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Water & Sewer Projects (FAQs)

Frequently Asked Questions

Photo of Corroded Water Main

Why is the City coming into my neighborhood to replace or rehabilitate the water and sewer pipes?

The project scheduled for your neighborhood is part of the City's program to upgrade the water and sewer system. Many of the older water and sewer pipes throughout San Diego have been scheduled for replacement because of their age, a history of leaks, breaks or other problems. The larger water pipes that serve streets are called mains. Smaller water pipes that extend from the main to each house are called services. Most of the water mains scheduled for replacement are located in the City's more established neighborhoods, and some of them have been in service for nearly 100 years. These older cast iron mains comprise less than 10 percent of our water system, but account for 60-80 percent of the water main breaks. Replacing these aging water mains with modern materials will help ensure safe and reliable delivery of drinking water well into the 21st Century.

Many of the same neighborhoods that are served by old cast iron water mains often have sewer mains that are very old as well. The smaller sewer pipes that extend from the main to each house are called laterals. The sewer mains and laterals slated for replacement are made out of concrete or vitreous clay. These materials are far less durable and reliable than today's materials, which are much more resistant to root blockages and deterioration.

During the past 40 years, the City has replaced more than 600 miles of original concrete sewer pipe. Many of the aging sewer mains will be replaced at the same time as the water mains to help meet the goal of maintaining a safe and efficient sewage system for the region.

Why are these called Group Jobs?

The City schedules many of these water and sewer main replacement projects for the same time and location to minimize the impact on the community. The City's Public Utilities Department and Public Works Department coordinate adjacent main replacement projects, which are generally grouped geographically and called Group Jobs.

In addition to the age and condition of the pipes, engineering plays a major role in deciding which mains will be replaced and when each project is scheduled. Replacing continuous segments of sewer or water mains in a neighborhood is crucial to improving the efficiency as well as the reliability of the system. While most Group Jobs involve the replacement of both sewer and water mains in a neighborhood, a few jobs are exclusively water or sewer replacements.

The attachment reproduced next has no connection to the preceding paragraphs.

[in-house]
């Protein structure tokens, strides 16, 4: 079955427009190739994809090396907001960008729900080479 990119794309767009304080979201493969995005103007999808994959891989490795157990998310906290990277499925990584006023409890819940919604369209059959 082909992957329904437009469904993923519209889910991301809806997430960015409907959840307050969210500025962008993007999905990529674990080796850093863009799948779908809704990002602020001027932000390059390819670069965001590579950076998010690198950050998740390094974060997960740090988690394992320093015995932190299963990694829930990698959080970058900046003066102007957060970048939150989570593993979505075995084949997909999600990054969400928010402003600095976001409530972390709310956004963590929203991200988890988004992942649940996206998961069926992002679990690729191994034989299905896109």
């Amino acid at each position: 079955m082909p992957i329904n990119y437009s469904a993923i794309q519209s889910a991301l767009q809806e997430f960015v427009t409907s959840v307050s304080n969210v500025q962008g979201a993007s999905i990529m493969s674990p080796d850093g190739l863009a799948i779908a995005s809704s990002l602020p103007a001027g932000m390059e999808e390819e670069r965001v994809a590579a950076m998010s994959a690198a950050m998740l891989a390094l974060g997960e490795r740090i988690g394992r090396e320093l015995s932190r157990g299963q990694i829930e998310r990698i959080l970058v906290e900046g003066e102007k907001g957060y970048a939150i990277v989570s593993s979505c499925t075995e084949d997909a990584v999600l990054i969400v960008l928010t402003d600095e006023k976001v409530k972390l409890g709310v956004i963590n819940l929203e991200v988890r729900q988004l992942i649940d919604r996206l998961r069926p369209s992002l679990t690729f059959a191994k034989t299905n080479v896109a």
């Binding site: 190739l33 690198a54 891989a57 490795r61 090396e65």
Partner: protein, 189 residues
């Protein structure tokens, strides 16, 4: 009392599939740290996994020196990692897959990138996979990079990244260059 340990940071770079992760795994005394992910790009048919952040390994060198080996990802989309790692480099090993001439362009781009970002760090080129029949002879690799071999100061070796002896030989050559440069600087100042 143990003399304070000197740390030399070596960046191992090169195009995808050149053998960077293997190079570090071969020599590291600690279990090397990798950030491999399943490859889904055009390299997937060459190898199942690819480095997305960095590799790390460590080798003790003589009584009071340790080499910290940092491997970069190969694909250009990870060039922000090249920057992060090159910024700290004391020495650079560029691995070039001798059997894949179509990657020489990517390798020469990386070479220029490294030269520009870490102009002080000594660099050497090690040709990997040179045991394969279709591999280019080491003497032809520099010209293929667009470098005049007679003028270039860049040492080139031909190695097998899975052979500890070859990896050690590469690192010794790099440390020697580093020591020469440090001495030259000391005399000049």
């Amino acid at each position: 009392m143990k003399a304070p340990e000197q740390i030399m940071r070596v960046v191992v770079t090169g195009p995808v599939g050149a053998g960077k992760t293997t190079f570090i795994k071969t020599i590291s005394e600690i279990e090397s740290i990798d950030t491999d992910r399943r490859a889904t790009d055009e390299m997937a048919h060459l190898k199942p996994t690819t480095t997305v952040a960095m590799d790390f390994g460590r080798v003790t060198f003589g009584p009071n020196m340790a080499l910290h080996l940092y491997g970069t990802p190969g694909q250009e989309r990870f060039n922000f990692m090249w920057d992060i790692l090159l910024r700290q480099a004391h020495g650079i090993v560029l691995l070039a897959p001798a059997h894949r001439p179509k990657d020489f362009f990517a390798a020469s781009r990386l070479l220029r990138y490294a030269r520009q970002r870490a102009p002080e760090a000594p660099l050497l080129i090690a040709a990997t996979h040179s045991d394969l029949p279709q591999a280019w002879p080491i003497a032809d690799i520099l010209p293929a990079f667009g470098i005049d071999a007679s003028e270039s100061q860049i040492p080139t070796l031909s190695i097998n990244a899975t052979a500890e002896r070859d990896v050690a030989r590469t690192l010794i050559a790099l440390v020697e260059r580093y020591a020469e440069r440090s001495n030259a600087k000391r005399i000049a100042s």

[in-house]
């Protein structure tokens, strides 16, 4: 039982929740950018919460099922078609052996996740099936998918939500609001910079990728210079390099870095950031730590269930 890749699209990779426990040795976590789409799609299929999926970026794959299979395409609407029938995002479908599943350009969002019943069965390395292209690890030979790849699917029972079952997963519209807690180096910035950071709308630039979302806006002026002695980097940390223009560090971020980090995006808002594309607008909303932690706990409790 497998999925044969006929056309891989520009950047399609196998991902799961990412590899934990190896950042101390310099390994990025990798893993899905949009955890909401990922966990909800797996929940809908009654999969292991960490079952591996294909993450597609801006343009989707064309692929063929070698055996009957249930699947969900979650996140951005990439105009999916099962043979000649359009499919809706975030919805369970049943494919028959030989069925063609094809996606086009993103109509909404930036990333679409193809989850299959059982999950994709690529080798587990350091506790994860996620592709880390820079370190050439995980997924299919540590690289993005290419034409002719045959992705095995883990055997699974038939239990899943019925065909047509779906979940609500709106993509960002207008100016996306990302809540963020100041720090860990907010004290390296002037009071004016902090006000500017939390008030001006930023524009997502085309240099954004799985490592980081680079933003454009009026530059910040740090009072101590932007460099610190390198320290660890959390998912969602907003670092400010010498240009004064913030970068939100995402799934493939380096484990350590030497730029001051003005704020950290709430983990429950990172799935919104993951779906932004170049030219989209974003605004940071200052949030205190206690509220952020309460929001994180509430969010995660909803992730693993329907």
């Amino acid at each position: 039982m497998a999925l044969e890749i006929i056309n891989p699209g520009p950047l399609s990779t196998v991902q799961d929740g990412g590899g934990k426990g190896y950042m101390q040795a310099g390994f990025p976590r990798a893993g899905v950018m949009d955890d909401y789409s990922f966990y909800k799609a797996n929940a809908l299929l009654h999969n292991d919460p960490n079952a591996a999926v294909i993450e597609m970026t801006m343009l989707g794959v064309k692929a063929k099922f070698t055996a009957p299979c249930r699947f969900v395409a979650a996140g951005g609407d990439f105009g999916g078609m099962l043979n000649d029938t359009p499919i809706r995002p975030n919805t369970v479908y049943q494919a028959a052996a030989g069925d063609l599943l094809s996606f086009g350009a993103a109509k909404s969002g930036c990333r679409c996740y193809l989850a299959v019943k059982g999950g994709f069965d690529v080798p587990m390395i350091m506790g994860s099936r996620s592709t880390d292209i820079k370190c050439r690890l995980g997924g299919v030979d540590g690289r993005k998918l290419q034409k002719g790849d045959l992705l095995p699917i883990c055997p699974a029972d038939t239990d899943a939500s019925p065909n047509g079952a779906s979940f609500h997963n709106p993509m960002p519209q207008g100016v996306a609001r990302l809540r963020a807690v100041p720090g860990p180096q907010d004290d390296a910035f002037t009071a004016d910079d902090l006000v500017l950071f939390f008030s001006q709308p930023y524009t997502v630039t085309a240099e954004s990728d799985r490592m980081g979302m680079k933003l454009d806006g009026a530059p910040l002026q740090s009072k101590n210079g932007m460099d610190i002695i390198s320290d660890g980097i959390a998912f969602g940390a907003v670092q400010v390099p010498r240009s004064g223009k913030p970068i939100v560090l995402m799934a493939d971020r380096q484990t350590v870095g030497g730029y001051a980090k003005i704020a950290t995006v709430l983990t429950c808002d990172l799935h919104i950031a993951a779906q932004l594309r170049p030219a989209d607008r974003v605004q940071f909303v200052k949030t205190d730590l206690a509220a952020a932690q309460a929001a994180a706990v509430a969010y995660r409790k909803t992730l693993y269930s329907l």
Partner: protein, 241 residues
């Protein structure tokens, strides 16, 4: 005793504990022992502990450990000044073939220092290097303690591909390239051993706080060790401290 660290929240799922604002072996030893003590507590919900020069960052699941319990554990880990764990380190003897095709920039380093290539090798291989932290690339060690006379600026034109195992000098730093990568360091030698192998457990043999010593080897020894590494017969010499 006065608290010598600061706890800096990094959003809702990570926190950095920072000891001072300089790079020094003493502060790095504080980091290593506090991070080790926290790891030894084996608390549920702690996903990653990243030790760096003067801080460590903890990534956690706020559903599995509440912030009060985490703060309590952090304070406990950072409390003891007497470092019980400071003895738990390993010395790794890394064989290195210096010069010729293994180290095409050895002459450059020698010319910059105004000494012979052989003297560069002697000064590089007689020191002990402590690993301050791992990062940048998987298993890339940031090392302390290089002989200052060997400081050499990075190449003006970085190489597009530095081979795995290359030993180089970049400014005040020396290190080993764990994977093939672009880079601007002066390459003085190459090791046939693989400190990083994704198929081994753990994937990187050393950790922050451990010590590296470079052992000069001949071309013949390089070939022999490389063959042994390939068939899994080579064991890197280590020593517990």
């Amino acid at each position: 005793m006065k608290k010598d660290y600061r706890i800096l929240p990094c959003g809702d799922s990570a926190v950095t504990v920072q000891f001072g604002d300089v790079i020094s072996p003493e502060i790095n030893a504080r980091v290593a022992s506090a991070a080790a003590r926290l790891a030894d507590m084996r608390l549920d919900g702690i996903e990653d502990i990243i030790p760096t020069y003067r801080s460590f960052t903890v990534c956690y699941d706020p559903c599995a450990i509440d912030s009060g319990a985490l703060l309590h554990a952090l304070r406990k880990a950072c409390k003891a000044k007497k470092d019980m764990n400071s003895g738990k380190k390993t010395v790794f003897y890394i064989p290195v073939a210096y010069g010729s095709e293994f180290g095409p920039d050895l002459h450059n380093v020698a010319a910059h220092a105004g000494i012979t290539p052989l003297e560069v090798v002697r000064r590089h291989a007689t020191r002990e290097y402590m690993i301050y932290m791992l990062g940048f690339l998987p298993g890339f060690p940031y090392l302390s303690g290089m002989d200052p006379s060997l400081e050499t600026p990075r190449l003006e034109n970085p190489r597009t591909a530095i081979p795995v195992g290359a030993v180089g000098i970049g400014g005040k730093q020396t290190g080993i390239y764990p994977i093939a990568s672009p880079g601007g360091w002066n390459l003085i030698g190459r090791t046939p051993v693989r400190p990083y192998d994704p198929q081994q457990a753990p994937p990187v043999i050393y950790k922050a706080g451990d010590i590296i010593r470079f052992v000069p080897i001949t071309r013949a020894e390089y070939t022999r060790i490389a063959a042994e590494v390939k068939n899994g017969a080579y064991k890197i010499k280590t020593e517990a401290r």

What are sewer pipeline rehabilitation projects?

Sewer pipeline rehabilitation projects line old and deteriorated sewer mains and laterals with a hard plastic liner. This liner reinforces the old pipes, improves system reliability, and ultimately extends the service life of the old pipes without the need to create a trench to dig up and replace the old sewer main. In the rehabilitation process, the old pipes are accessed through existing manholes or cleanouts.

Because it does not require excavating, removing, and replacing an entire pipeline, relining the existing pipelines is generally quicker and a more cost-effective alternative to digging up an entire pipeline, and creates less impacts to the community and environment.

How is work on sewer pipeline rehabilitation projects conducted?

To rehabilitate a sewer pipeline:

  1. First, a crew and a small truck with equipment set up along the centerline of the street and videotape the existing condition of the old pipe. If during the pre-construction videotape a damaged section of main or lateral is discovered that is too great to be lined, then the Contractor will perform a “Point Repair”. A point repair involves digging into the ground or street to fix a damaged section. This allows for the lining of the remaining main or lateral. Once the point repair is complete, the surface is restored to prior condition or better.
  2. Then, the sewer pipe is cleaned to prepare the pipe for the lining process and the sewer pipes are reinforced with new plastic liners. Odor generation might result from a material called resin used to solidify the lining that is installed along the walls of the existing sewer main. The odor will dissipate as construction progresses and poses no danger to residents and homes.